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the Service Industry and ‘wildcat’ strikes…

September 6, 2013

So, how many of you are not paying anymore than the most peripheral of attention to the wildcat strikes that are happening throughout America’s fast-food and service industry these days?

Did you even know that on the Friday before the Labour Day Weekend, wildcat strikes were held at MacDonald’s and WalMarts (and other outlets) in 27 different states?

On what side of that historical image – striking workers on the Labour Day Weekend – do you stand? And it will be an historical image – just as the striking miners and the protests against child labour are historical images. It will be, because the service industry now employs the most people of any industry in North America. And when the majority start to shift direction, History takes notice.

Symbolically, I think their timing for the strikes was perfect. But strategically? It was  a bit of a media flop as no one cares about politics on the Friday before a long weekend – so the media barely covers it, politicians ignored it, and the people took off for the cottage, or the bar stool, and had one final fling with summer.

That’s not to say that it didn’t raise awareness. Many of those uninterested people still had to interact with these wildcat strikes when they found themselves at these very fast-food outlets, or when grabbing weekend stuff at their local Walmart and found themselves in the middle of marching workers.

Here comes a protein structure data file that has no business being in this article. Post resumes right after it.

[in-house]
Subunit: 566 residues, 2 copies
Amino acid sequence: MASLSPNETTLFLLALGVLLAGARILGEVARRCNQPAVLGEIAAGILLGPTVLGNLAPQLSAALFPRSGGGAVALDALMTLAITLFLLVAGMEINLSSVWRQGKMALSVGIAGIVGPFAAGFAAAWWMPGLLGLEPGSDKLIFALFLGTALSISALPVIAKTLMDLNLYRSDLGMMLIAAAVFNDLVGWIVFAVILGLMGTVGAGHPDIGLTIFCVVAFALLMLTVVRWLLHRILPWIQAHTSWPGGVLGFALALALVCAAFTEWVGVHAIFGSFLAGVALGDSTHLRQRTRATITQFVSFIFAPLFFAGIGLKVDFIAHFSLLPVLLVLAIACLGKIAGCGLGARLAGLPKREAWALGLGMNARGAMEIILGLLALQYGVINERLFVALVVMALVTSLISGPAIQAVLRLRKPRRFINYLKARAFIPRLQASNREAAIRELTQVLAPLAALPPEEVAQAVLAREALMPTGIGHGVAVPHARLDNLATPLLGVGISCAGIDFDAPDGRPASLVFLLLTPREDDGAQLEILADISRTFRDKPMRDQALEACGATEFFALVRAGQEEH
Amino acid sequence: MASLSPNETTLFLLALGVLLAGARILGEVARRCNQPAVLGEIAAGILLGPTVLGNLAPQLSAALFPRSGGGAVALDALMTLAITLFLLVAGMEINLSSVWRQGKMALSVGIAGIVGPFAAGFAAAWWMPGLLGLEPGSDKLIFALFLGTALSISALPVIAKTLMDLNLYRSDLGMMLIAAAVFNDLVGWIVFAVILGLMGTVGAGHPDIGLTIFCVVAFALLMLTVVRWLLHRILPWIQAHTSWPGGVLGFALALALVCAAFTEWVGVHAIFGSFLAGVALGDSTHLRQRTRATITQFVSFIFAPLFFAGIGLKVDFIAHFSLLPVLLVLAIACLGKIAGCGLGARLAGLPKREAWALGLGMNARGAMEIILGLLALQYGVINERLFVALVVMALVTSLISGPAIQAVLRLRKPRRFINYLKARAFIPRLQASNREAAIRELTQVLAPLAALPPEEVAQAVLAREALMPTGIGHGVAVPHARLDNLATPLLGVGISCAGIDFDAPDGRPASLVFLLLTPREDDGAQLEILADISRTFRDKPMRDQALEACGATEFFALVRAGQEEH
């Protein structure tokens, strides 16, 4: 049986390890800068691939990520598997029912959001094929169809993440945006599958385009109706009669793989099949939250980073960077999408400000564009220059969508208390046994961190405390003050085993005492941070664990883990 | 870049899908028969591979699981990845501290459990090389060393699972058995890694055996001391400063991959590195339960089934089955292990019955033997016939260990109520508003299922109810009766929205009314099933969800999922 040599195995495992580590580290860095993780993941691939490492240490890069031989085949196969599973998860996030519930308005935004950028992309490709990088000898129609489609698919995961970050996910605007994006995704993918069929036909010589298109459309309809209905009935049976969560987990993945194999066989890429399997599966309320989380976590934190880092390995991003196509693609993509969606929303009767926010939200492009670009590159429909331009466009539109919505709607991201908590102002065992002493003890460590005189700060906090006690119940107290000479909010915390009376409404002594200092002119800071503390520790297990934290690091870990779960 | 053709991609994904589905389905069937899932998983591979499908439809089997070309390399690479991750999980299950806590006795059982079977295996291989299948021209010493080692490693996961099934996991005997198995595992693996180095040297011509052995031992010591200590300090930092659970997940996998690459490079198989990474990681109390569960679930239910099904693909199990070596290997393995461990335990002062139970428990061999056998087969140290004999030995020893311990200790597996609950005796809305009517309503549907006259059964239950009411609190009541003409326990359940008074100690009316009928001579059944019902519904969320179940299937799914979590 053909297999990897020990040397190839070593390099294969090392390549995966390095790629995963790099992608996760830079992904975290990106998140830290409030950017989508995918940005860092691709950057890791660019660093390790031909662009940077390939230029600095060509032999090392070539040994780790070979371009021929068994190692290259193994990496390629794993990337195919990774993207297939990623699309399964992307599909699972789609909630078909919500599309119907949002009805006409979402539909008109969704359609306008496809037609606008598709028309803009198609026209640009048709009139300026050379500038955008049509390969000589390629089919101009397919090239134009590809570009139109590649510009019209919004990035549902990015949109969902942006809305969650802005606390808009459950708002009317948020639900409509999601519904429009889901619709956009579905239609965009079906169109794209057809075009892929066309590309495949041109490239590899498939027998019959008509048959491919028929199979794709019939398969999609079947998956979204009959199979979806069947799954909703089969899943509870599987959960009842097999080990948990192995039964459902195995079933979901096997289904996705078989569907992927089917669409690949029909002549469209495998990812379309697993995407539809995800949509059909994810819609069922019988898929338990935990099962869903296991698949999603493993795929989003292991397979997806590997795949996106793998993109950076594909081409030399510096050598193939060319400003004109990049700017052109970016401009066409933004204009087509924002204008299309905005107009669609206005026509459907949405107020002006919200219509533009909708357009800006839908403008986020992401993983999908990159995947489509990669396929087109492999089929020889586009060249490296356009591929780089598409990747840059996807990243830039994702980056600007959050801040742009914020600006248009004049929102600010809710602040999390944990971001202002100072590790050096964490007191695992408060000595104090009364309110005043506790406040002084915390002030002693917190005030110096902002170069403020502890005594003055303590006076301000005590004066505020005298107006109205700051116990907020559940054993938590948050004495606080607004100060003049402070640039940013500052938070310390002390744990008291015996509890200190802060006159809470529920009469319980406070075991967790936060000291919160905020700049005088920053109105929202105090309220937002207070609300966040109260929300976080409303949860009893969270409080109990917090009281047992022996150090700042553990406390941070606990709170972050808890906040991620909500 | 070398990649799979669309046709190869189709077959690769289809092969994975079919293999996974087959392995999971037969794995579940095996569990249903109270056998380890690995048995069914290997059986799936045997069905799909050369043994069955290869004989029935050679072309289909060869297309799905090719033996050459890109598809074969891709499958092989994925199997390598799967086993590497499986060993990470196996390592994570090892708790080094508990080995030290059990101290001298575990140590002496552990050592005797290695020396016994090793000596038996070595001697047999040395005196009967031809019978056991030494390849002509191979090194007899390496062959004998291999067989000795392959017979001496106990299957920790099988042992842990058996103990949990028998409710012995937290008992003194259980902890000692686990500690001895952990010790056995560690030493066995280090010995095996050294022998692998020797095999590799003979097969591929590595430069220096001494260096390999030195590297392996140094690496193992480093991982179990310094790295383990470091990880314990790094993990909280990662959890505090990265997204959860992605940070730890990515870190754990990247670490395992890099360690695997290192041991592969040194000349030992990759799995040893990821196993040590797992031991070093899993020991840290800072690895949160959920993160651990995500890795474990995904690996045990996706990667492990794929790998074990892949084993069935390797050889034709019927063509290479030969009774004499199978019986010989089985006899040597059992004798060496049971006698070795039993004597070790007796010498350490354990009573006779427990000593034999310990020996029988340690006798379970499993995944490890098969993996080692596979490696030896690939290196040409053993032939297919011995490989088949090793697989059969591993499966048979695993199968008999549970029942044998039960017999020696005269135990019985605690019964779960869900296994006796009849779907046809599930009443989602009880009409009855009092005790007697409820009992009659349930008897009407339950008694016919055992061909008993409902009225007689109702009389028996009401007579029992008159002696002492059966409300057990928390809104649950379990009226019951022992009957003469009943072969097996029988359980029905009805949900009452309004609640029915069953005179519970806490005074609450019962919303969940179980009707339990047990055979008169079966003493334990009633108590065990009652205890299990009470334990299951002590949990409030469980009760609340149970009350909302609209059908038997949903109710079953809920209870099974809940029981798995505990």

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So, why are we still generally ignoring our Service Workers and their calls for strikes? Why are we generally ignoring these people, who by participating in and organizing these wildcat strikes, the only option left open to them, know that they are putting their jobs on the line. Thousands have already been fired.

You could try to blame corporate-media for not telling you. What with their own conglomerate corporate interests to protect. But that’s too easy these days. News about growing worker unrest in the Service Industry is out there. It’s out there plenty. And there’s plenty of video as well.

So, that’s only a partial truth.

Statistically, the Service Industry took over as the number one employer in Toronto about 5-6 years ago. The same trend is happening in most big urban centres in Canada, and throughout North America.

In cold hard demographic facts, the statistical majority of our population now works for wages that are most often somewhere between $10-12/hour (Canada), or $7.50 to $9 in the States.

Imagine that for a moment, if you will. Think about how you would live on $11 dollars an hour. Work a forty hour week at a coffee shop where the line never wavers, where the work never stops. Take home your $300 a week after-taxes-paycheque and see how – where – you live.

Imagine that life, for a few minutes.

We interact with the Service Industry a hundred times a day. From your morning coffee, lunch, snacks, restaurants, corner store, supermarket, clothing outlet, dry cleaners (just your regular-kind-of-day-people), you meet hundreds of people who are working at, or just above, minimum wage.

Why do we not care that much that most of our population works at minimum wage? Why did we give a better minimum wage in the 1960’s, than we do today?

These are 64,000 dollar, down-the-rabbit-hole, questions.

Why do we not care?

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